Obesity can't be associated with poor academic performance at school is the emphatic conclusion of a new study.
Researchers used both statistical and genetic methods to find out if obesity was linked to children performing poorly at school. They report that no direct link was found between obesity and academic performance.
"We sought to test whether obesity 'directly' hinders performance due to bullying or health problems, or whether kids who are obese do less well because of other factors that are associated with both obesity and lower exam results, such as coming from a disadvantaged family," said Dr. Stephanie von Hinke Kessler Scholder from the University of York.
The researcher team analyzed data from almost 4,000 participants enrolled in the Children of the 90s Birth Cohort Study. The study includes a database of genetic material from these children. Researchers used genetic markers to see which children were naturally pre-disposed to obesity.
Childhood obesity has been linked to poor scores in math in both boys and girls. However, whether childhood obesity affects cognitive function is still controversial. Some studies say that high BMI levels negatively affect academic performance. A study published in the journal Obesity says that being overweight is not independently associated with poor academic performance in primary school children.
Researchers in the present study said that they didn't find any evidence that obesity causes poor academic performance.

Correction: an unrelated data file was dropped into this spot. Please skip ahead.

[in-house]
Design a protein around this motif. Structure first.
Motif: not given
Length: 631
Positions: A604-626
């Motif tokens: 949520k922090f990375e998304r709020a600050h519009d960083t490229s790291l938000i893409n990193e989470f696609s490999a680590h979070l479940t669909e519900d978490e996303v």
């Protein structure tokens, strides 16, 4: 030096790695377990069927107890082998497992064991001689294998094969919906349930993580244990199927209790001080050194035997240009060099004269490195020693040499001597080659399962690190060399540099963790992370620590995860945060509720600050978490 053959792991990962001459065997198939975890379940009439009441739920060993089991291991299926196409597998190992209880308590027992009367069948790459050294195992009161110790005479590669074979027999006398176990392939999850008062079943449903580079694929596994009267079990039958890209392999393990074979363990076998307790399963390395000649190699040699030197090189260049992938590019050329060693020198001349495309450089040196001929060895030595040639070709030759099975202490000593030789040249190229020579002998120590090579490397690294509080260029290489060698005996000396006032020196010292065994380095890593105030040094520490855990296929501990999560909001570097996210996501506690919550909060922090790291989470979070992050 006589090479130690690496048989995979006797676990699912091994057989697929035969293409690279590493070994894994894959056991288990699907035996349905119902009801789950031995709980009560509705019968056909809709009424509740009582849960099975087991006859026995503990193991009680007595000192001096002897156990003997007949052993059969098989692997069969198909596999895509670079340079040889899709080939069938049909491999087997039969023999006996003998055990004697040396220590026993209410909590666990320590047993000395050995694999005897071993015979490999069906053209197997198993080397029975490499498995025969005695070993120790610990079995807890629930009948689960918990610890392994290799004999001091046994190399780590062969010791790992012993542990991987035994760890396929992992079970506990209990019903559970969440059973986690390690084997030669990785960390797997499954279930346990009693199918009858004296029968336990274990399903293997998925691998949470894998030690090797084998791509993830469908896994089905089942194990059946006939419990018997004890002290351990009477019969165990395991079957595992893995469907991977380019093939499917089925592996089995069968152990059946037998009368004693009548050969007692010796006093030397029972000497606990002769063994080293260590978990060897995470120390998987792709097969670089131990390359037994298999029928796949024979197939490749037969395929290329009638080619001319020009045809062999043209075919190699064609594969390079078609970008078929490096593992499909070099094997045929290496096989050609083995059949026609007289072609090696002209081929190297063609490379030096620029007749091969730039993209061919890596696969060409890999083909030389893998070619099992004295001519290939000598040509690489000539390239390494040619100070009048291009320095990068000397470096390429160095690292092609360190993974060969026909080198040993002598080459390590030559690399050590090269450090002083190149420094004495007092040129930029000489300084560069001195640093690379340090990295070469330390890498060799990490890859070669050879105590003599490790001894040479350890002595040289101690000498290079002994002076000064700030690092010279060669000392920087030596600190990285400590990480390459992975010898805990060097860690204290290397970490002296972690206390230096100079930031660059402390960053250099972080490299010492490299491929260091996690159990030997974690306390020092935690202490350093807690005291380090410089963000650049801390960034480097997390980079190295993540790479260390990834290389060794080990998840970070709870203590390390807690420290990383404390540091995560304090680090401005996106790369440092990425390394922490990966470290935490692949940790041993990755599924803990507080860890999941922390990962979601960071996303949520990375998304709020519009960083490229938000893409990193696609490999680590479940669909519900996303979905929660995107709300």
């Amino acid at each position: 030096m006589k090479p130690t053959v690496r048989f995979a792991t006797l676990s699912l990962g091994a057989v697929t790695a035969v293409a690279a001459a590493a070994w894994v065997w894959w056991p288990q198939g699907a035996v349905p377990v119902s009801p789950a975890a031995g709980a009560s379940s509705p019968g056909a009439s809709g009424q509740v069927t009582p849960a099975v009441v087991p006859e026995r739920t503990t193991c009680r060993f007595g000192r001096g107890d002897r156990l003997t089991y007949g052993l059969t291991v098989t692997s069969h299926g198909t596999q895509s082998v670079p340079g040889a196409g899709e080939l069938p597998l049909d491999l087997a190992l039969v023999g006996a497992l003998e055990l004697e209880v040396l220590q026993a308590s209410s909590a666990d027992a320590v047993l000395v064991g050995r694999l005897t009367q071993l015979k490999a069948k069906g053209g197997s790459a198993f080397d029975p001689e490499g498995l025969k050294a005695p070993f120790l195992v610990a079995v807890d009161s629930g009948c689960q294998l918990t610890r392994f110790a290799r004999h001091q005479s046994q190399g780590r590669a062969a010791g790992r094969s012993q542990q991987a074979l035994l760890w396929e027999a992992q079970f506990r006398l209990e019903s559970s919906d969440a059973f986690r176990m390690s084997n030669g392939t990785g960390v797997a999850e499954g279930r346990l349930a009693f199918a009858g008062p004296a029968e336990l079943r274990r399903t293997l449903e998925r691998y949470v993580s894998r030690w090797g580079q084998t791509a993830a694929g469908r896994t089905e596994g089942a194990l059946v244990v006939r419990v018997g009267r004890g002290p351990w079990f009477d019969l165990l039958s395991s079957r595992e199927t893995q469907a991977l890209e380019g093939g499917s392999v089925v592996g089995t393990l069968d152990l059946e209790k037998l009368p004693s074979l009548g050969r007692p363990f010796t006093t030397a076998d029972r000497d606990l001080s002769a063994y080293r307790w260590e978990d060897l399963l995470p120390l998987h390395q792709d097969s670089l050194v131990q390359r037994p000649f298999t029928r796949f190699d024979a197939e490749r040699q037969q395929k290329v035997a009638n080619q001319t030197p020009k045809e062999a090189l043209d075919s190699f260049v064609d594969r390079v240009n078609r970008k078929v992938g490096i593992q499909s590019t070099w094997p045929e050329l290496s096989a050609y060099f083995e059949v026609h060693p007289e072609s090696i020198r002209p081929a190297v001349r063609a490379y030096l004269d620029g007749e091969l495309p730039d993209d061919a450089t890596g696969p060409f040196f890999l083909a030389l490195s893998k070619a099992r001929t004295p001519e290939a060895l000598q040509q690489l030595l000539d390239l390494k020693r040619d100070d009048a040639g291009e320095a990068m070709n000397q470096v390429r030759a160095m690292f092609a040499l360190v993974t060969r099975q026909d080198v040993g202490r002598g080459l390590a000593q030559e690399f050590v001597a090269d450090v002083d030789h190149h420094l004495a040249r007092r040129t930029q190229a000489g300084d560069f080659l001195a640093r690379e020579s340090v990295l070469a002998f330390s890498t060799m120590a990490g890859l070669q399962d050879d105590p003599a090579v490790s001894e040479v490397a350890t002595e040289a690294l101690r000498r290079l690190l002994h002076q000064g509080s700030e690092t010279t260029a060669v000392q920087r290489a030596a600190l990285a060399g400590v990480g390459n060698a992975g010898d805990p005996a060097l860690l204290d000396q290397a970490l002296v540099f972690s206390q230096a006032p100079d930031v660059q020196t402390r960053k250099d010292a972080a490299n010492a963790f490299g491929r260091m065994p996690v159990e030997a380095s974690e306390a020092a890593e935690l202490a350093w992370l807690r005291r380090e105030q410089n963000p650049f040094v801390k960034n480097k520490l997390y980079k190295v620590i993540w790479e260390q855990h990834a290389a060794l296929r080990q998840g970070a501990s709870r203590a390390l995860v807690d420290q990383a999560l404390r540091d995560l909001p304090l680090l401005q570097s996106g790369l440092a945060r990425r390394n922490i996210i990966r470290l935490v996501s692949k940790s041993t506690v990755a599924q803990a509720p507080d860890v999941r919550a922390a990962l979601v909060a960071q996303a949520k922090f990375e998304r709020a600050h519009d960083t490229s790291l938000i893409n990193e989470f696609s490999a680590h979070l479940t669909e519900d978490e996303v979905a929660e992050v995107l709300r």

"Based on a simple correlation between children's obesity as measured by their fat mass and their exam results, we found that heavier children did do slightly worse in school. But, when we used children's genetic markers to account for potentially other factors, we found no evidence that obesity causally affects exam results. So, we conclude that obesity is not a major factor affecting children's educational outcomes," explained Dr Scholder.
Researchers say that future studies must focus on obesity along with socio-economic class and educational achievements rather than just obesity.
"Clearly there are reasons why there are differences in educational outcomes, but our research shows that obesity is not one of them," said Dr Scholder.
The Centers for Disease Control and Prevention (CDC), says that 12.5 million children and teens are affected by obesity which is nearly 17 percent of all children in U.S.
Children now are getting heavier than ever. In the past few years childhood obesity has almost has tripled, the agency says.
Childhood obesity is known to bring in complications like glucose intolerance, hypertension and high cholesterol.